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Jeff Bezos says Amazon is ready for a debate about regulation after Donald Trump's repeated attacks on the company (AMZN)

Jake Kanter
Jeff Bezos

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  • Jeff Bezos says Amazon is ready for a debate about regulation after Donald Trump's repeated attacks on the company.
  • Speaking in Germany, Bezos said Amazon has a duty to educate regulators, but will work with whatever new constraints it is given — even if they damage its business model.
  • He didn't mention Trump directly, but responded to a question about the president's desire to potentially break up Amazon.
  • The CEO warned, however, that regulation can stifle innovation.


Jeff Bezos has said that Amazon is ready for a debate about its enormous scale after coming under repeated attack from US President Donald Trump.

Trump has called out Amazon in a number of tweets in recent months, questioning its impact on the US Postal Office, the amount of tax it pays, and the potential harm it is causing other retailers. Sources told Axios last month that the president is "obsessed" with the firm, and could "go after Amazon with antitrust or competition law."

Asked about Trump's criticism and desire for a potential break-up of Amazon, Bezos said it is right that governments and the public want to investigate the power of huge tech companies — and he doesn't take the urge for regulation personally. 

"If you look at the big tech companies, they have gotten large enough that they are going to be inspected.
It’s not personal," Bezos said at an event hosted by Business Insider US Editor in Chief Alyson Shontell in Germany on Tuesday, where he was awarded a prize for business innovation and social responsibility by Business Insider's parent company Axel Springer.

The Amazon CEO said policing the power of online companies is "one of the great questions of our age" because as the internet has reached a level of maturity over the past decade "we haven’t learned as a civilization, as a human species, how to operate it yet."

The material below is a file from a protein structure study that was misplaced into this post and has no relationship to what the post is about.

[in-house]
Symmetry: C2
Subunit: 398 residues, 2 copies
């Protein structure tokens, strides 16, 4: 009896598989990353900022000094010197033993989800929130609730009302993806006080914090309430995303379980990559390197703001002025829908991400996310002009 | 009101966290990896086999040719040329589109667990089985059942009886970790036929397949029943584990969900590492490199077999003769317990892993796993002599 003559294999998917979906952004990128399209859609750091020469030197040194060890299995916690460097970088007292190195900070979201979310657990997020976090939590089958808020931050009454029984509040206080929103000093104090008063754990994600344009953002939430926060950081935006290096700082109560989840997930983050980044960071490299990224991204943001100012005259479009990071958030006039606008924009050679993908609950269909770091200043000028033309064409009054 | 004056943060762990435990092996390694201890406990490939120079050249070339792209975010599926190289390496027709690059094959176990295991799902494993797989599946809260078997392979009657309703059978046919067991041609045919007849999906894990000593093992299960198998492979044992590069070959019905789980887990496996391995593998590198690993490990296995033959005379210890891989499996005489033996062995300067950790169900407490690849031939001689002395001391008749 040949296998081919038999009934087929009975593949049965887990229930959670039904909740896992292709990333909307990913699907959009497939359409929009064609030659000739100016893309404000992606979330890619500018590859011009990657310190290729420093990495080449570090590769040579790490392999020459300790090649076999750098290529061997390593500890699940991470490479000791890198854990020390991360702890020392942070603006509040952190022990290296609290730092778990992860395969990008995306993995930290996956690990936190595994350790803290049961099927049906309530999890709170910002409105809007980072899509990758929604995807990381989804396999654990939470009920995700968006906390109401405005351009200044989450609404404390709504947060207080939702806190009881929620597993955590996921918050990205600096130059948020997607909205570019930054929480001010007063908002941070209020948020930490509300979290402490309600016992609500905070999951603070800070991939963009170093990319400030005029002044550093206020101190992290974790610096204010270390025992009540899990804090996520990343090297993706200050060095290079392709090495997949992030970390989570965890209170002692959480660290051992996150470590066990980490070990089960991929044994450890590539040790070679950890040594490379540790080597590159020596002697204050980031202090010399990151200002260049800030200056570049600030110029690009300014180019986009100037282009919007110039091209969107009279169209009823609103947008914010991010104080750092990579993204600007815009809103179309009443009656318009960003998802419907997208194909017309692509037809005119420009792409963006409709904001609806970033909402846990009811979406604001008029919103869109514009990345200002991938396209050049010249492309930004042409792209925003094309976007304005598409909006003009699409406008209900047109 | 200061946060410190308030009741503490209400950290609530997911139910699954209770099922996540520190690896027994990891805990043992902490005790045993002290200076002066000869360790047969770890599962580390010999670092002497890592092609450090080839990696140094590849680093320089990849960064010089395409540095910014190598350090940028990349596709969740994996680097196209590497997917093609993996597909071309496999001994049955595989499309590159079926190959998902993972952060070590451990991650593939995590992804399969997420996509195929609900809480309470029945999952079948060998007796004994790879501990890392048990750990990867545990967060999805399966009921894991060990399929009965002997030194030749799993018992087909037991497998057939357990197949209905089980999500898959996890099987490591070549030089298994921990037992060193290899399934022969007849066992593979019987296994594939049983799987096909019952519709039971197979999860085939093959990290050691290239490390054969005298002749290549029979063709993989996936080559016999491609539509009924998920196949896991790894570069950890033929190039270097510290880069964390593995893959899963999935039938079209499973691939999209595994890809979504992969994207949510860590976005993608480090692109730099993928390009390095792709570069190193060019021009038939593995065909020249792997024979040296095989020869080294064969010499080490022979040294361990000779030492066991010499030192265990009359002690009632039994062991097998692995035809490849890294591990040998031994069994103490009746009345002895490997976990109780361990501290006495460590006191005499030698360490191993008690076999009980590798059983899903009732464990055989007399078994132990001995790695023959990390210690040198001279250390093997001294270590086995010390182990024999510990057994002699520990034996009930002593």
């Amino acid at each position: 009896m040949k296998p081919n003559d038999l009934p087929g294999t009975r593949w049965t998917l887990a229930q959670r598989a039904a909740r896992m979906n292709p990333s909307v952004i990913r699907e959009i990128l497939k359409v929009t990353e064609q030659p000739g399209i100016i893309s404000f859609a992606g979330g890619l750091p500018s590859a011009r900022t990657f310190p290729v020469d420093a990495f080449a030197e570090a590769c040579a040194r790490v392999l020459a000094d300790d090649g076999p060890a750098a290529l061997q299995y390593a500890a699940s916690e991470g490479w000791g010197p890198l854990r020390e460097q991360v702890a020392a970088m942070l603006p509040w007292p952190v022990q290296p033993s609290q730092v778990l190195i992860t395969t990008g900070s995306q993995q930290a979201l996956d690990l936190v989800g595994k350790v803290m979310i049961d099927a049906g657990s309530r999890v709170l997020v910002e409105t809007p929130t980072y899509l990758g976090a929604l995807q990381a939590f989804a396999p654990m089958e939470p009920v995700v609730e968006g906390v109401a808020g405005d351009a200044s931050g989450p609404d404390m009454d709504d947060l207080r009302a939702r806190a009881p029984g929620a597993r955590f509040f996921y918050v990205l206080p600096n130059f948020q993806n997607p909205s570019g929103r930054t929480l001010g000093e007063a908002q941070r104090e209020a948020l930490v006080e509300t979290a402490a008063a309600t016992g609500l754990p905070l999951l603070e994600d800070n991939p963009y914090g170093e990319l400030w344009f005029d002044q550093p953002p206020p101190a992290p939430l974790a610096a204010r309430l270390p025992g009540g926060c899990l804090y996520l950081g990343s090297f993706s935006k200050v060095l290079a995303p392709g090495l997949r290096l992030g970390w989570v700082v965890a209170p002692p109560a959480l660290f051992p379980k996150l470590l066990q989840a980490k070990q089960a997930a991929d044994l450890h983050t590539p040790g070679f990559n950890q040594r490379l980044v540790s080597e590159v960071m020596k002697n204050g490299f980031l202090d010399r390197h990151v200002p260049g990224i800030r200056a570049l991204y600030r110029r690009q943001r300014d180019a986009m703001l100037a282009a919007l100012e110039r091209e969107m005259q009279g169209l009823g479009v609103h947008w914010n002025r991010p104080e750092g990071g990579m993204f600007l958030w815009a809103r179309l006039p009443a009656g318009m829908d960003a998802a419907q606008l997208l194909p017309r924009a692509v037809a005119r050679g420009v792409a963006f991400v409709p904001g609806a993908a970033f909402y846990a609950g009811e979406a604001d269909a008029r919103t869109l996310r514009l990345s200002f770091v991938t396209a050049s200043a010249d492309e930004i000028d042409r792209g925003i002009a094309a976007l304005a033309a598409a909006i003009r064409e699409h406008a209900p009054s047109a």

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Amazon, Bezos said, is ready to help educate regulators and will work with whatever new constraints it is given — even if they have damaging consequences for the company.

"We have a duty, on behalf of society, to try and help educate any regulators, give them our view on this, sincerely without any cynicism or skepticism," he said in a conversation with Axel Springer CEO Mathias Döpfner.

"So we will work with any set of regulations we are given. Ultimately, society decides that, and we will follow those rules, regardless of the impact that they have on our business. And we will find a new way, if need be, to delight customers."

Bezos did make clear, however, that the urge to curb the power of companies like Amazon, Facebook, and Google, should be balanced with the need to continue incentivising innovation in the tech industry.

"What I would not want to see happen is you do not want to block invention and innovation. One of the unintended consequences of regulation is that it really favours the incumbents," he said.

"Amazon at this point is an incumbent, so maybe I should be happy about that, but I wouldn’t be. For society, you really want to see continued progress. You want to be sure regulation is incentivising innovation."

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